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One of the foremost concerns of farmers is to protect their crops against pests and insects invasion, and, pesticides and insecticides serve the purpose. They can be made out of chemicals and also, using natural elements. Horror stories about birds falling dead from the sky after eating sprayed insects, is now making the farmers re-think about their savior weapon. Also, with growing concerns for environmental safety, the use of bio-pesticides is even more stressed than before.

Bio-pesticides are easily executable, highly useful, along with being eco-friendly, for microbes and insect management. Bio-pesticides generally affect only the target pest and closely related organisms, in contrast to broad spectrum, conventional pesticides that may affect organisms as different as birds, insects and mammals. With agriculture being greatly affected by bacteria, fungi, weeds and insects, whose after-effects include reduced yield and poor quality of the produce, the need for the use of bio-pesticides is rapidly increasing. Increasing realization about the ill effects of the agrochemicals such as pest resurgence, pesticide resistance, pesticide residues, and outbreak of secondary pests in the produce, soil, air and water, is urging to shift to a natural alternative to synthetic pesticides. Use of bio-pesticides can play major role in dealing with challenges like diminishing natural resources and post-harvest losses, while simultaneously playing safe with the environment.

More than 225 microbial bio-pesticides are manufactured in 30 OECD countries. The NAFTA countries which include USA, Canada, and Mexico, tops with about 45% usage of the bio-pesticides, while Asia lacks behind with only 5% of bio-pesticides usage. Most of the countries are striving to minimize the use of chemical pesticides and promote the use of bio-pesticides through various amendments and policies. However, bio-pesticides are still largely regulated by the originally designed system for chemical pesticides. Though potential application of bio-pesticides is well known for environmental safety, it has gained interest in with growing demands for organic food. Integrated Pest Management (IPM) program is a systems approach that combines different crop protection practices with careful monitoring of pests and their natural enemies. It is creating opportunities in suing bio-pesticides in the selected and niched areas, to meet the ever growing demands of food, feed and fodder.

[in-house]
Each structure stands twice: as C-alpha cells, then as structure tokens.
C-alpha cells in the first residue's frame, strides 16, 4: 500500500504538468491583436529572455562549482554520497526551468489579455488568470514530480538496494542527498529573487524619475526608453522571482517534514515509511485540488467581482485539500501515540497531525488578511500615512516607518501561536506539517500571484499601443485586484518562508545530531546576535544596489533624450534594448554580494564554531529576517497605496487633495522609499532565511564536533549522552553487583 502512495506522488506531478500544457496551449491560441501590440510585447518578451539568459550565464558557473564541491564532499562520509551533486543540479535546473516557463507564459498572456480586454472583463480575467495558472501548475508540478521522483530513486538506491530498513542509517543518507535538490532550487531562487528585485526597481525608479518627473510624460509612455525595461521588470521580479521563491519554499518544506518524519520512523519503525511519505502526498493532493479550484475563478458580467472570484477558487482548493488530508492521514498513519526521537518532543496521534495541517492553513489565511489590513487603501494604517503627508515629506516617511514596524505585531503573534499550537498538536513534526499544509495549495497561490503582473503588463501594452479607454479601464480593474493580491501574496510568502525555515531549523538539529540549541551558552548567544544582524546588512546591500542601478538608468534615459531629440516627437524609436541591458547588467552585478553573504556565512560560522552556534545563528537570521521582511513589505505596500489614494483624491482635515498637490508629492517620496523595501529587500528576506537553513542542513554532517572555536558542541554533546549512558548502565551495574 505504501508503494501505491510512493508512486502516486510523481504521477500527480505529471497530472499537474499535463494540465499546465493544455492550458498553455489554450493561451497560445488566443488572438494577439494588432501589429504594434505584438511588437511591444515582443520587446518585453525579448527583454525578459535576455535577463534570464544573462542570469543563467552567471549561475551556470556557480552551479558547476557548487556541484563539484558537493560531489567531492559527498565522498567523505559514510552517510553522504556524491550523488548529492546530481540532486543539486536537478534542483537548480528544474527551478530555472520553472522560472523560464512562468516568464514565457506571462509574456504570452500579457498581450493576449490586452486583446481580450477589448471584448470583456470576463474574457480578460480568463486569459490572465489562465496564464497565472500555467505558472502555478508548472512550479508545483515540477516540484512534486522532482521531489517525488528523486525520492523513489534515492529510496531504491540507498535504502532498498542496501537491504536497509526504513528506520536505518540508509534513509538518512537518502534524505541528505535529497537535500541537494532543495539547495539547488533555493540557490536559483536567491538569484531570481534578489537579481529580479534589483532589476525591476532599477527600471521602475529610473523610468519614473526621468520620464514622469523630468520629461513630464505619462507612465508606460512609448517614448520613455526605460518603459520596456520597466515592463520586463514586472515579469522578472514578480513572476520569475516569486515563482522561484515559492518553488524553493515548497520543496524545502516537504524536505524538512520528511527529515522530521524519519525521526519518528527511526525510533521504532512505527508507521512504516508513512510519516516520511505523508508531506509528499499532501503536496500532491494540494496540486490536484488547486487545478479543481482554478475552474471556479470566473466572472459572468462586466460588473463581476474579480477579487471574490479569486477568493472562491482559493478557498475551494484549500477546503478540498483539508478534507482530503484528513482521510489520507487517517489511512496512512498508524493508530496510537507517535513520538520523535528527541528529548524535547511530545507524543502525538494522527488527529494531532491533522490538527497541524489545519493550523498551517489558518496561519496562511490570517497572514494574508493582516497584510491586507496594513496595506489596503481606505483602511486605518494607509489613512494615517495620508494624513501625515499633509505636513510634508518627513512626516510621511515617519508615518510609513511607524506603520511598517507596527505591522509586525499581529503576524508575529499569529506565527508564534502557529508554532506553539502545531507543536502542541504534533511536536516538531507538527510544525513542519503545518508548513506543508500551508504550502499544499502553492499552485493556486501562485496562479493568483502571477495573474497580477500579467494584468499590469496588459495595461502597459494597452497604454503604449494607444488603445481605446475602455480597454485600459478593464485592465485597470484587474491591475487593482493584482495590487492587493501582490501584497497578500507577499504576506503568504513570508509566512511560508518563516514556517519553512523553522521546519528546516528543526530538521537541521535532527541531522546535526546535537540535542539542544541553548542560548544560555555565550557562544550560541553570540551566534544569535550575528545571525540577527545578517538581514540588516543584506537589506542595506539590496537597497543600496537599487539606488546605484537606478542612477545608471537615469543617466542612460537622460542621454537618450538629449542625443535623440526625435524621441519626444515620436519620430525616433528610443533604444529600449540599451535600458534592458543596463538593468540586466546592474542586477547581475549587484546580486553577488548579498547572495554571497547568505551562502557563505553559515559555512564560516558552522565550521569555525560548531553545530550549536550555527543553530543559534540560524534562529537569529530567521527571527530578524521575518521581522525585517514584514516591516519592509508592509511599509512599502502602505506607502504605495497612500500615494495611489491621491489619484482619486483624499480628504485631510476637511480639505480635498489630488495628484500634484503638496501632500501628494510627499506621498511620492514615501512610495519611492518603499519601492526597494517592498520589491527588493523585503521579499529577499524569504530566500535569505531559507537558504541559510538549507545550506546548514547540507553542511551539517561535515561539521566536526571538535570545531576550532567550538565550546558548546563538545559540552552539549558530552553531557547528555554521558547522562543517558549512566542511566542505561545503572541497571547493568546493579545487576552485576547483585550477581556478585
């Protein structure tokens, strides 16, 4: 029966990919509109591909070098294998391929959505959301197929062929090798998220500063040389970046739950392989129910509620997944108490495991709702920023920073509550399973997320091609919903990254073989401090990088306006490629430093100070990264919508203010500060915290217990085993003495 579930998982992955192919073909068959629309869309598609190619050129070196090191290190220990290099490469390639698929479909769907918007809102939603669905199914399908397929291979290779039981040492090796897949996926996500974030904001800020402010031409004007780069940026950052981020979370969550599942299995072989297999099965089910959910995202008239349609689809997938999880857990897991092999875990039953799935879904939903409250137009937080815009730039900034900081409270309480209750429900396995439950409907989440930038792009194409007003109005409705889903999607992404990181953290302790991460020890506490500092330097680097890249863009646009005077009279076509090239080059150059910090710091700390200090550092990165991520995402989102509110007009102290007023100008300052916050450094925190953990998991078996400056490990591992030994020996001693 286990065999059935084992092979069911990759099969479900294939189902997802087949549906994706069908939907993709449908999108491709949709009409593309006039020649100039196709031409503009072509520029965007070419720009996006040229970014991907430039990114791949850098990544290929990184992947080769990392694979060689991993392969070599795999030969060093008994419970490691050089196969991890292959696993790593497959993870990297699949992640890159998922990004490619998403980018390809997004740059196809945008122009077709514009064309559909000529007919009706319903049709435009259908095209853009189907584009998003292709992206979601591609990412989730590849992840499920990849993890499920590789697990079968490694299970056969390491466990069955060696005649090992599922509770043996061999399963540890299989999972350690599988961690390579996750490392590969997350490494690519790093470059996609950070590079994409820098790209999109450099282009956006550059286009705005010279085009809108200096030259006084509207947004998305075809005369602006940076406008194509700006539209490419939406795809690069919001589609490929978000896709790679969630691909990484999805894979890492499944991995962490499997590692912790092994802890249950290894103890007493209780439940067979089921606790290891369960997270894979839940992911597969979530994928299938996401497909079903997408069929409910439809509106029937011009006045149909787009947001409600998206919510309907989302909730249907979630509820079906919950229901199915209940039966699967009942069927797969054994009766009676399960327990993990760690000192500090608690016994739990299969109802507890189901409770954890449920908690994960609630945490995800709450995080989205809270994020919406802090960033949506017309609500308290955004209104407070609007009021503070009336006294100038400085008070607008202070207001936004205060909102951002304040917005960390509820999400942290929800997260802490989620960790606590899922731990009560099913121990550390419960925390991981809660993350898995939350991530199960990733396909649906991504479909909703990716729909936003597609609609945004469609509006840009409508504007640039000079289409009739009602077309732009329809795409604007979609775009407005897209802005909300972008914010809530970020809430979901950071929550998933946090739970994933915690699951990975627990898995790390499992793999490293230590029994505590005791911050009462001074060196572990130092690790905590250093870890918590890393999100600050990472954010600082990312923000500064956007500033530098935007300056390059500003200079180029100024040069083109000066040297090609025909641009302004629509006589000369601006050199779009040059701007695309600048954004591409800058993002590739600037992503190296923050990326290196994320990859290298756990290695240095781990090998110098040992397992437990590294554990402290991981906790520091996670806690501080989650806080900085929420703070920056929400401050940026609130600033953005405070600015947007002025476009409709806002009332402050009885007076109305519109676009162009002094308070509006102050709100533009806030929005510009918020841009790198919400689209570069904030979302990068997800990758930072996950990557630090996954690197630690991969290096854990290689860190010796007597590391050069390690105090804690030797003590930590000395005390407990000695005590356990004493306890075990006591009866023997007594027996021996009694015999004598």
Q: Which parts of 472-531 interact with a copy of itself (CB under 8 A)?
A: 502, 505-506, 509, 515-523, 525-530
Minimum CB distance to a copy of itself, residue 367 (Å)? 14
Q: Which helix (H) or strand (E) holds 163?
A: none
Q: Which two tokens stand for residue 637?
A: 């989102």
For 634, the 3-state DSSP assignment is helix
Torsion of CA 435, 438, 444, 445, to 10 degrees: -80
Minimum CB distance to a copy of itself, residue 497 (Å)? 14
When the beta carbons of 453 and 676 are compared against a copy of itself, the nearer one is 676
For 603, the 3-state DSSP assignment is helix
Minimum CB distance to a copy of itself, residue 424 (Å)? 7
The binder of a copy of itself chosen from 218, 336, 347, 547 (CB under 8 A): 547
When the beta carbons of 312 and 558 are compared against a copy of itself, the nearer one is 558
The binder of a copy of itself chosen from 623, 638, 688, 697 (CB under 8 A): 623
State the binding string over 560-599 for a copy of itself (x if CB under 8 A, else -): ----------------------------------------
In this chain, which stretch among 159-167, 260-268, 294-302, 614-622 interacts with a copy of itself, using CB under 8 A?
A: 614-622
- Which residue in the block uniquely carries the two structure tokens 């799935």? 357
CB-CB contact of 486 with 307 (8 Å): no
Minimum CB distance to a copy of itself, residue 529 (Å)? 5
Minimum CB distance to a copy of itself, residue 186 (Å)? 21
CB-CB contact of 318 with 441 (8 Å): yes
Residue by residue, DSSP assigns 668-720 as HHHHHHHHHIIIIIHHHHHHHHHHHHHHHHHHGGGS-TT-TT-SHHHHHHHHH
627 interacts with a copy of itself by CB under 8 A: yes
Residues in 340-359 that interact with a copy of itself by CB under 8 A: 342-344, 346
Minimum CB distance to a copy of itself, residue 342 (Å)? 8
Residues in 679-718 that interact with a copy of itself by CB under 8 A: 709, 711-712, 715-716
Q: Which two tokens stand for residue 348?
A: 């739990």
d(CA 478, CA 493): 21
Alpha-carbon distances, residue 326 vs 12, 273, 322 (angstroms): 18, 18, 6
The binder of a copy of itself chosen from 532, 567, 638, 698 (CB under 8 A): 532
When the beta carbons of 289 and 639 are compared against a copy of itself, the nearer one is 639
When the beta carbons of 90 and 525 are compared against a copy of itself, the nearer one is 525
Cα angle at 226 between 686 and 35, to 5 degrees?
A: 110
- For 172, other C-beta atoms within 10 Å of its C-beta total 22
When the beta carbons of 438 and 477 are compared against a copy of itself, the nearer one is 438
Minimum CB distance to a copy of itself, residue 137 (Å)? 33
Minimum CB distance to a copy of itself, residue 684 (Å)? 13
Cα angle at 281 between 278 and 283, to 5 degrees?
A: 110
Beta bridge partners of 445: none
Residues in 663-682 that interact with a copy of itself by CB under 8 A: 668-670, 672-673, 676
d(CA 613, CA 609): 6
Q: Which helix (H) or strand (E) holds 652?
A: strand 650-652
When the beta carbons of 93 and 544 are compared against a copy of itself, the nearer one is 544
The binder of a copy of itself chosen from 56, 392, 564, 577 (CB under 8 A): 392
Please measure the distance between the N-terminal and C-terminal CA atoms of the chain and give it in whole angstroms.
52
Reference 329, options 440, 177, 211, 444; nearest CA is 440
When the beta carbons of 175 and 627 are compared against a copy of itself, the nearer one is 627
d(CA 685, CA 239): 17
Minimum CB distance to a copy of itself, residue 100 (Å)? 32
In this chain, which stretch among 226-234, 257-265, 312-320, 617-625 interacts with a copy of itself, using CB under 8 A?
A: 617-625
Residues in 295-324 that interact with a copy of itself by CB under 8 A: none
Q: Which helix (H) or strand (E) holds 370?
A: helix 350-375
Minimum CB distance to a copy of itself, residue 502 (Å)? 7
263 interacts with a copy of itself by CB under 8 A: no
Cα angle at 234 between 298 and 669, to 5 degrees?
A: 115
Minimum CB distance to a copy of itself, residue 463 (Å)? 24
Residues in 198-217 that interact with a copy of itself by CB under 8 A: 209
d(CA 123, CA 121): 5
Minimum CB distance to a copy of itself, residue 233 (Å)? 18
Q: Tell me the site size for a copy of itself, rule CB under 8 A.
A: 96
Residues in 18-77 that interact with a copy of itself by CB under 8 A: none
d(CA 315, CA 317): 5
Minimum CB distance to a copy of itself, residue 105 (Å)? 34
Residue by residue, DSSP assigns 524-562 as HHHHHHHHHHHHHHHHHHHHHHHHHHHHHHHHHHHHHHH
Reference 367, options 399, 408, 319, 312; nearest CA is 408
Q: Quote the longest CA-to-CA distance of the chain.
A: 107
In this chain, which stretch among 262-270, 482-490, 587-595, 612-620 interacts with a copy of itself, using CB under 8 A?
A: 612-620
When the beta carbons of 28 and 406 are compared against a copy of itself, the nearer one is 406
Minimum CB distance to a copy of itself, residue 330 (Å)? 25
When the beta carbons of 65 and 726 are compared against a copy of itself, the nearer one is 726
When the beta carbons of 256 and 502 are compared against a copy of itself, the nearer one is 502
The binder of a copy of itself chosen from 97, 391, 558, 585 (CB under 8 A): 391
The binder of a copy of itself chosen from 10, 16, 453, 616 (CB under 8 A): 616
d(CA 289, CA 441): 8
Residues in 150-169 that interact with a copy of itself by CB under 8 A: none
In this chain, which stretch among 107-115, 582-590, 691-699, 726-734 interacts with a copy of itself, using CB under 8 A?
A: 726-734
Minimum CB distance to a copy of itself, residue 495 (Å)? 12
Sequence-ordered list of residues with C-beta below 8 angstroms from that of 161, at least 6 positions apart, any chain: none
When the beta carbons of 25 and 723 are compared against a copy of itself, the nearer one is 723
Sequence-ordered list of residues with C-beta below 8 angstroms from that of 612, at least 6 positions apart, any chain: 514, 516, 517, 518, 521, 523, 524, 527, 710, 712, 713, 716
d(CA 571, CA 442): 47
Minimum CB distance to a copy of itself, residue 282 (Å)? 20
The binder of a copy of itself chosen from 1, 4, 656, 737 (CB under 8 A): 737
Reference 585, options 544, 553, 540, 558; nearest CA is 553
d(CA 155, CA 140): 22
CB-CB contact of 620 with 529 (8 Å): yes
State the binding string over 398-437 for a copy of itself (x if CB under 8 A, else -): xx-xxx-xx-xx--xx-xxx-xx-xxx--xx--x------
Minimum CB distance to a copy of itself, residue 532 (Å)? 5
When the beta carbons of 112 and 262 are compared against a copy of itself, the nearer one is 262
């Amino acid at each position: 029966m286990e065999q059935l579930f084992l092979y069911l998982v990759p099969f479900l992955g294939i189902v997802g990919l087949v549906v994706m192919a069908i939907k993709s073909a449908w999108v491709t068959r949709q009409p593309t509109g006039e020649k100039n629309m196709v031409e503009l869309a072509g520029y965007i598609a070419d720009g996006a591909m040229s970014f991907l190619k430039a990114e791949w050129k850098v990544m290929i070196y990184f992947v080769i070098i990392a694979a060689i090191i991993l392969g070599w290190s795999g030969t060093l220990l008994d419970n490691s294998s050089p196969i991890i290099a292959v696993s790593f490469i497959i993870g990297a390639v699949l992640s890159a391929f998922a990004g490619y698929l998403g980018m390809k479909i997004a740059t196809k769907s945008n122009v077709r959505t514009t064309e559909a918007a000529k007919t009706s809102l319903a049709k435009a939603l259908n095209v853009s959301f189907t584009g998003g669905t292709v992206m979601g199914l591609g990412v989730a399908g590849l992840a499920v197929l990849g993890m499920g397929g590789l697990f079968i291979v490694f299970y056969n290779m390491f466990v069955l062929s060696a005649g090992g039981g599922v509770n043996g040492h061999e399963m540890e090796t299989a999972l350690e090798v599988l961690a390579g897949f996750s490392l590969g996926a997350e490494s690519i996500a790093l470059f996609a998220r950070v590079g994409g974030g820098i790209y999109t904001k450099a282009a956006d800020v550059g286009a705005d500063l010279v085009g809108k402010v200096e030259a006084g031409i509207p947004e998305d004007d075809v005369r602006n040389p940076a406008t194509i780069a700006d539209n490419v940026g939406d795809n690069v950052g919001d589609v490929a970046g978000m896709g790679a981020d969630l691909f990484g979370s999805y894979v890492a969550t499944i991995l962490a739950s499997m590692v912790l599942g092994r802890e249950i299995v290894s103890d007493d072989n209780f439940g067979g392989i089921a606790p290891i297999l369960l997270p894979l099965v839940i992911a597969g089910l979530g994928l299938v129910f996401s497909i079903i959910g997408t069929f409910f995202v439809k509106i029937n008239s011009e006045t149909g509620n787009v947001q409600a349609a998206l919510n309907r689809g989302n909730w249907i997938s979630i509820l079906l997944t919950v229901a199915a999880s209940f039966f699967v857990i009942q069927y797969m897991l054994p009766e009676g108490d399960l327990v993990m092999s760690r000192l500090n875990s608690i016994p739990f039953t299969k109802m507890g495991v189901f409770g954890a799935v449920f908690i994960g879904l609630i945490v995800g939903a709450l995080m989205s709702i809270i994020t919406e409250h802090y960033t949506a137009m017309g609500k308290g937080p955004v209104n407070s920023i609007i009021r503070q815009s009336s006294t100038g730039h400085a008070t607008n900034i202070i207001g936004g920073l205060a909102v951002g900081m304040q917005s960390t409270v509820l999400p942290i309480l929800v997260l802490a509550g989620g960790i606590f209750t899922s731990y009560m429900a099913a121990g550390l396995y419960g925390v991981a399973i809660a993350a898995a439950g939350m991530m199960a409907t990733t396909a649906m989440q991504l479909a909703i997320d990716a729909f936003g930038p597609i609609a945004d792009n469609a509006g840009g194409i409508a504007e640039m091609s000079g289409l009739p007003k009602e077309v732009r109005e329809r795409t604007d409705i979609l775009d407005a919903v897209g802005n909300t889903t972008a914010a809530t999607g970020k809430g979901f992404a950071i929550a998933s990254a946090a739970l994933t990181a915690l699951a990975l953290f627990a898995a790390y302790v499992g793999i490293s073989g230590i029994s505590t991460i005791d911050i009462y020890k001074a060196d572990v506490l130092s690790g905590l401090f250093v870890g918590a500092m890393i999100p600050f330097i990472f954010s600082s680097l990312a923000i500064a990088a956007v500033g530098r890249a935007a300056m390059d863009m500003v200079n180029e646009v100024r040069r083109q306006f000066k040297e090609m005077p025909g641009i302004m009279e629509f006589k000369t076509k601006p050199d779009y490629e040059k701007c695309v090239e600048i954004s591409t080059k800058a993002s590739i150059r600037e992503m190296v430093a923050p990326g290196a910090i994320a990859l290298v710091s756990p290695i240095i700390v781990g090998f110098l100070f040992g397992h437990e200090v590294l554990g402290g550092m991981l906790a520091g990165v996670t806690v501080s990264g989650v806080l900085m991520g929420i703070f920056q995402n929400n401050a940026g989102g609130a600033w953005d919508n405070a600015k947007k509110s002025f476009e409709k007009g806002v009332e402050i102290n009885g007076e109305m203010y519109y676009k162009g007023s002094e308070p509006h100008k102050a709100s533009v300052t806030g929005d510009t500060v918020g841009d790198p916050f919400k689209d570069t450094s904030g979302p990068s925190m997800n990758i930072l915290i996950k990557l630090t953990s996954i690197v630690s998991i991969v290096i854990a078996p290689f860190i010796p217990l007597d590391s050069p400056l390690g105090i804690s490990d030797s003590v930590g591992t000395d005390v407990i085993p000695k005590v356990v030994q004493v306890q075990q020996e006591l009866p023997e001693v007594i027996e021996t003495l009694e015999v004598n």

One of the most amazing natural pesticides is Neem oil, which most commonly used as bio-pesticide by most of the villagers in India.  According to the report of Export Import Bank of India, the estimated Rs 100 crore neem-based pesticide markets in the country is growing by 7-9% annually, with growing awareness about benefits of neem as a natural pesticide. The report also tells that U.S. was the largest importer of neem extracts from India with $2.62 million imports in FY2011-12.


Though most of the countries are amending their policies to minimize the use of chemical pesticides and promote the use of bio-pesticides, they are still largely regulated by the system originally designed for chemical pesticides. Primary producers are under increasing pressure from consumers and governments to sustainably and ethically produce safe foods and food ingredients. Gradually, withdrawal of chemical pesticides will leave growers with few or no alternatives to control pests and diseases that can cause major production losses. Companies will only develop bio-pesticides only if they can profit from that. Similarly, the decision for a farmer whether or not to adopt a particular novel technology is more centered towards cost-benefit comparison of the profits to be made from using the novel versus the incumbent technology. A number of features of the agricultural economy like lack of profit from niche market products, fixed costs and farmers’ risk aversion, make it difficult for companies to invest in developing new bio-pesticide products while also making it hard for farmers to decide about adopting the new technology. There are regulations not only about which products are allowed, but also at what dosage, and about how and when to use them, coupled with strict checks.

Finally, the need of the day is to make efficient production without any external losses, along with environmental safety on mind. Use of bio-pesticides can deal with these challenges in a sustainable manner. It depends on the situation, the crop, the knowledge of the growers, even the weather conditions and the stage of development of the crop. There is no perfect solution to the choice to be made, except for varied comparative advantages and disadvantages. In all cases controlling the method in the correct way should be the utmost priority and importance.

Market Research analysts at Market Data Forecast are currently working on Bio-pesticides market. For in-depth analysis about the market, visit Market Data Forecast’s website for comprehensive report. Also, a free report sample can be availed. Do not forget to subscribe to our newsletters for more interesting news on trending topics in Agriculture sector.

Preethi Ramesh Narayan

A BITS-Pilani graduate, currently working as a Market Research Analyst at Market Data Forecast

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